Wednesday, April 21, 1999

Isle banker’s
asset liquidation
sought in court

A court filing shows that
Sukamto Sia used his stake in
Bank of Honolulu as collateral

By Peter Wagner


Noted for his gold watches, fine wines, and fancy cars, Indonesian businessman Sukamto Sia may soon be the subject of a fire sale.

A court-appointed trustee has asked that Sia's Chapter 11 bankruptcy case -- aimed at restructuring his debts -- be converted to a Chapter 7 liquidation. If granted, nearly everything of value owned by Sia at the time of his bankruptcy would be sold to pay his creditors. The request is to be heard by Bankruptcy Judge Lloyd King on May 17.

But finding Sia's assets, most of them in Asia and other countries, hasn't been easy. And the value of his property will likely fall considerably short of the $296.4 million he owes to international banks, gambling casinos and other creditors.

According to trustee Guido Giacometti, Sia's estate and his numerous business holdings are still being assessed. "We're still in the information-gathering stage," he said today.

In a court filing last week, Giacometti said he is investigating Sia's 76 percent stock ownership in Bank of Honolulu, which according to bankruptcy filings was pledged to two Singapore banks as collateral on loans. The banks are CommerzBank, owed $40 million, and Societe Generale, owed $22.9 million. Giacometti said he is investigating the validity of the bank's liens.

"Our goal is to see if there is a way to release that stock from those pledges, but at this point it's uncertain," Giacometti said.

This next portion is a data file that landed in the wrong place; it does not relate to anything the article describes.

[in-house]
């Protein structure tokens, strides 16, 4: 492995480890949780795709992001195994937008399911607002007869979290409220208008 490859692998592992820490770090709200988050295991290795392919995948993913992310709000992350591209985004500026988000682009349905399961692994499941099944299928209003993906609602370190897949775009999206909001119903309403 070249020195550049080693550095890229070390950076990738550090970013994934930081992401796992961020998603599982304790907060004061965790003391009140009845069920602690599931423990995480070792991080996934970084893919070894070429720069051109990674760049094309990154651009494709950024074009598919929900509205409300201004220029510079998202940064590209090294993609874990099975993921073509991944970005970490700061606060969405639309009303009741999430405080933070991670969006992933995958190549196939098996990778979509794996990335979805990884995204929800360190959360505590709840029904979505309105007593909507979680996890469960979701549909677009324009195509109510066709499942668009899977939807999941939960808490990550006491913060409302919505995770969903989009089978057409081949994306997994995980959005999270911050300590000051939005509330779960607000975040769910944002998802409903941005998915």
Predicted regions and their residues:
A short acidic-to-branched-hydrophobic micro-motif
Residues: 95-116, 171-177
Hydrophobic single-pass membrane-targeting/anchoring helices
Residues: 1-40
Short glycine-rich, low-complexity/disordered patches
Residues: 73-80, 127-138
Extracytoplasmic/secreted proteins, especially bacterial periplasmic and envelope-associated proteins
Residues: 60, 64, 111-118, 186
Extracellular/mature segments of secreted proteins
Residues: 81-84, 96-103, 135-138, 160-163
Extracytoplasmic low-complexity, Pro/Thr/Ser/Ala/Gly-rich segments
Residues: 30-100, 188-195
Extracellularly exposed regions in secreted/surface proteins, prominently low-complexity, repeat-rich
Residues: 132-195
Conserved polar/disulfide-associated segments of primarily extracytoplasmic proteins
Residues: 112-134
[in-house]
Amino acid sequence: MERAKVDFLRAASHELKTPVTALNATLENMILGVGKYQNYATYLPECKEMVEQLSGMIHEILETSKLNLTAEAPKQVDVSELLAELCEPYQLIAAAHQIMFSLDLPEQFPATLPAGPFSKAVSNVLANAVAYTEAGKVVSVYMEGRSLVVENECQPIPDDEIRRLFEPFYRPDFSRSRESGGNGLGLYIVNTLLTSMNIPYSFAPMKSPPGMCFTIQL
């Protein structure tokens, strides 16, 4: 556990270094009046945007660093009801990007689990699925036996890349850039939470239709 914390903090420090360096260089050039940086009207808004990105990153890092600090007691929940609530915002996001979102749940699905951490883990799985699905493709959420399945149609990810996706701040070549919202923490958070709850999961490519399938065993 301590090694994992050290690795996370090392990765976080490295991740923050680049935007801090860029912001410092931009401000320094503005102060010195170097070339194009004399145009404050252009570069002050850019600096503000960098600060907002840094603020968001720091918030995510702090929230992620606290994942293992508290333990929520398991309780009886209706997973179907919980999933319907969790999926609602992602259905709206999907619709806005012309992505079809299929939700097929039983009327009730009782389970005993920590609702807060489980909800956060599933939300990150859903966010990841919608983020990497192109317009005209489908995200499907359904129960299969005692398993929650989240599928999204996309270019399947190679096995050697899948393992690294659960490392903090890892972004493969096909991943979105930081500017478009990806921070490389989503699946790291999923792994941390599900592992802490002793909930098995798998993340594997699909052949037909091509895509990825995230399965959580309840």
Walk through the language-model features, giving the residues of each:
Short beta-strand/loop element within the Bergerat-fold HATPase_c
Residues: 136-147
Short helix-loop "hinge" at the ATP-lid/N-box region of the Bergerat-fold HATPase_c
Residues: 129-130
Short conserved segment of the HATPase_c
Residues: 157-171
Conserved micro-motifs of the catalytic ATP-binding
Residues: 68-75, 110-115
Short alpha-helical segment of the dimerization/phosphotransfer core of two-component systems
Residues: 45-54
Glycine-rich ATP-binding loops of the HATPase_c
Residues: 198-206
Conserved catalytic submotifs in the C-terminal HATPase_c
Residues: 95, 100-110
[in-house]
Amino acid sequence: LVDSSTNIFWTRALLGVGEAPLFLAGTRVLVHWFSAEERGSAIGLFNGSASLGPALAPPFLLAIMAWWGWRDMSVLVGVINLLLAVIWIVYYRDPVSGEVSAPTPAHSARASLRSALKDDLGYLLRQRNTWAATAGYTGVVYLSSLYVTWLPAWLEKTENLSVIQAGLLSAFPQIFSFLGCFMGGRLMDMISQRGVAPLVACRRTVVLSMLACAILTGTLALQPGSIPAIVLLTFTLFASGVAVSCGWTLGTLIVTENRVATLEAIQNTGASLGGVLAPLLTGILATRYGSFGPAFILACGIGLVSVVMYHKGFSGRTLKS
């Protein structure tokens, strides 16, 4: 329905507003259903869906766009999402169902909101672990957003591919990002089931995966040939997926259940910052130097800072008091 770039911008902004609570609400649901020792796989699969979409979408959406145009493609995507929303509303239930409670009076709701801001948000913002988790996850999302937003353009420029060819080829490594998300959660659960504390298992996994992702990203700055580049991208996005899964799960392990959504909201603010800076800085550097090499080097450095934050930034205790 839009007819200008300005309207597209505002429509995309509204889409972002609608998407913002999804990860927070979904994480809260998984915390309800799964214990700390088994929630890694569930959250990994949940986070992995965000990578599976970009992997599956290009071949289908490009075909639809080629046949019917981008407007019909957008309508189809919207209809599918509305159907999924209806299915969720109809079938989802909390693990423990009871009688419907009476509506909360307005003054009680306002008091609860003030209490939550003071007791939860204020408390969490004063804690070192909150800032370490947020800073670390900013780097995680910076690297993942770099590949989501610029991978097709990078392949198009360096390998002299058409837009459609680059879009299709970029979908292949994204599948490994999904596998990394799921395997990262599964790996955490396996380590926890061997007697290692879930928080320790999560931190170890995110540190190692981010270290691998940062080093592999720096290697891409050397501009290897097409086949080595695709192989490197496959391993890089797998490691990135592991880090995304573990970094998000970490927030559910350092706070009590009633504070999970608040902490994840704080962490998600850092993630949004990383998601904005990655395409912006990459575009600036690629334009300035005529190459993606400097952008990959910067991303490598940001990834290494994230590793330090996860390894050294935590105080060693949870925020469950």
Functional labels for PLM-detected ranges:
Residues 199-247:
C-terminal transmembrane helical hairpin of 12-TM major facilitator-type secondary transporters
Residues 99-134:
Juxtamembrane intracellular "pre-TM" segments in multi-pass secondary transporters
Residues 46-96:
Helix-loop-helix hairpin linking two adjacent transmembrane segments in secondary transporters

Sia in November stepped down as chairman of the local bank, after his arrest in Las Vegas on charges of passing $8 million in bad checks at two casinos. He filed for bankruptcy shortly after his resignation.

On Feb. 4, under order by the Federal Deposit Insurance Corp., he resigned as a member of the bank's board of directors and agreed to fully disassociate himself from the bank's operations. The bank today had no comment on Sia's bankruptcy or his stock interest in the company.

In his Chapter 11 filing, Sia claimed $9,364,000 in personal assets and $296,461,374 in debts. Most of the property is in Singapore, including two houses valued at $7.3 million that Sia wants exempted from liquidation.

In Hawaii, his property includes an undeveloped residential lot at 4967 Maunalani Circle valued at $1 million and about $1 million in personal property.

But Honolulu attorney Ke-Ching Ning, hired to help Giacometti track down and recover Sia's assets, said the Singapore houses aren't eligible for exemption because they aren't in Hawaii.

Under U.S. bankruptcy law, debtors are allowed up to $30,000 in personal exemptions -- usually a car of modest value, clothes and appliances -- to get back on their feet after bankruptcy. Sia is claiming $849,340 in exemptions, including $651,000 in insurance policies; $50,000 in furniture; two gold watches valued at $10,000 apiece; $120,000 in cash and other property. Among property Giacometti has targeted for liquidation is a $90,000 Bank of America account in Singapore and several luxury cars -- including a Rolls Royce "Silver Spur" and a Mercedes Benz -- owned by Sia in Honolulu.

At a meeting with creditors in December, Sia blamed his woes on the Asian economic crisis, and asked to repay his debts over a period of five or six years.

Formerly known as Sukarman Sukamto, the 39-year-old Sia showed up at the meeting with two bodyguards.

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